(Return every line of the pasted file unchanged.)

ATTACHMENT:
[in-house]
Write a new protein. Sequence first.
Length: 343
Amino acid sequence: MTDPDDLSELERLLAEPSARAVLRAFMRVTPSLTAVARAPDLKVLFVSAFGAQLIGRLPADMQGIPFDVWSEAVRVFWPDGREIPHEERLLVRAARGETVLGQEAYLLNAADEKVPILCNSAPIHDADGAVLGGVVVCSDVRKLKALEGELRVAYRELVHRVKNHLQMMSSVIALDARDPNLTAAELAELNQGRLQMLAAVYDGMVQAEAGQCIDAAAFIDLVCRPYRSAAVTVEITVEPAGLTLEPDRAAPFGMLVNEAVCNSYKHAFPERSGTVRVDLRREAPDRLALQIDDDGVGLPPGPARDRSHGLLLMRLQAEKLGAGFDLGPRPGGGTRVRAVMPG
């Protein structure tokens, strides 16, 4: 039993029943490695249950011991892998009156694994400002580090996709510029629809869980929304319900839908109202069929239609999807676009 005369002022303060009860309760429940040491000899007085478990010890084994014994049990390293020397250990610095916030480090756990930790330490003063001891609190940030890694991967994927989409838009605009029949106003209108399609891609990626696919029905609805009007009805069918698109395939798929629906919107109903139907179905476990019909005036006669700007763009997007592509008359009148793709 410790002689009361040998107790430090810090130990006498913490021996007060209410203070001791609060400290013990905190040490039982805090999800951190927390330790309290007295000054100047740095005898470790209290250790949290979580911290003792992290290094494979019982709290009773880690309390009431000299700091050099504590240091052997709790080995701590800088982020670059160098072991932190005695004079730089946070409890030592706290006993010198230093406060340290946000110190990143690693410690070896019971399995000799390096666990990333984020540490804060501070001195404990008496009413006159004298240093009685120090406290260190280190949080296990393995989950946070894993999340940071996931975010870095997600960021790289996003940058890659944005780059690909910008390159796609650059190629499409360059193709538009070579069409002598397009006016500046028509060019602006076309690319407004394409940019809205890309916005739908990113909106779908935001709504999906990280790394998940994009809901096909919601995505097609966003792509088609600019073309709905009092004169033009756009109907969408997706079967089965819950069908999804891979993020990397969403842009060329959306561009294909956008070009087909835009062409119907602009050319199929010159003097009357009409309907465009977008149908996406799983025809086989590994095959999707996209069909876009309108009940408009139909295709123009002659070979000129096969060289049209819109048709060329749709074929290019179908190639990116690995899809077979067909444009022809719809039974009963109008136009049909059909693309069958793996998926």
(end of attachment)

[in-house]
Write a new protein. Sequence first.
Length: 343
Amino acid sequence: MTDPDDLSELERLLAEPSARAVLRAFMRVTPSLTAVARAPDLKVLFVSAFGAQLIGRLPADMQGIPFDVWSEAVRVFWPDGREIPHEERLLVRAARGETVLGQEAYLLNAADEKVPILCNSAPIHDADGAVLGGVVVCSDVRKLKALEGELRVAYRELVHRVKNHLQMMSSVIALDARDPNLTAAELAELNQGRLQMLAAVYDGMVQAEAGQCIDAAAFIDLVCRPYRSAAVTVEITVEPAGLTLEPDRAAPFGMLVNEAVCNSYKHAFPERSGTVRVDLRREAPDRLALQIDDDGVGLPPGPARDRSHGLLLMRLQAEKLGAGFDLGPRPGGGTRVRAVMPG
């Protein structure tokens, strides 16, 4: 039993029943490695249950011991892998009156694994400002580090996709510029629809869980929304319900839908109202069929239609999807676009 005369002022303060009860309760429940040491000899007085478990010890084994014994049990390293020397250990610095916030480090756990930790330490003063001891609190940030890694991967994927989409838009605009029949106003209108399609891609990626696919029905609805009007009805069918698109395939798929629906919107109903139907179905476990019909005036006669700007763009997007592509008359009148793709 410790002689009361040998107790430090810090130990006498913490021996007060209410203070001791609060400290013990905190040490039982805090999800951190927390330790309290007295000054100047740095005898470790209290250790949290979580911290003792992290290094494979019982709290009773880690309390009431000299700091050099504590240091052997709790080995701590800088982020670059160098072991932190005695004079730089946070409890030592706290006993010198230093406060340290946000110190990143690693410690070896019971399995000799390096666990990333984020540490804060501070001195404990008496009413006159004298240093009685120090406290260190280190949080296990393995989950946070894993999340940071996931975010870095997600960021790289996003940058890659944005780059690909910008390159796609650059190629499409360059193709538009070579069409002598397009006016500046028509060019602006076309690319407004394409940019809205890309916005739908990113909106779908935001709504999906990280790394998940994009809901096909919601995505097609966003792509088609600019073309709905009092004169033009756009109907969408997706079967089965819950069908999804891979993020990397969403842009060329959306561009294909956008070009087909835009062409119907602009050319199929010159003097009357009409309907465009977008149908996406799983025809086989590994095959999707996209069909876009309108009940408009139909295709123009002659070979000129096969060289049209819109048709060329749709074929290019179908190639990116690995899809077979067909444009022809719809039974009963109008136009049909059909693309069958793996998926």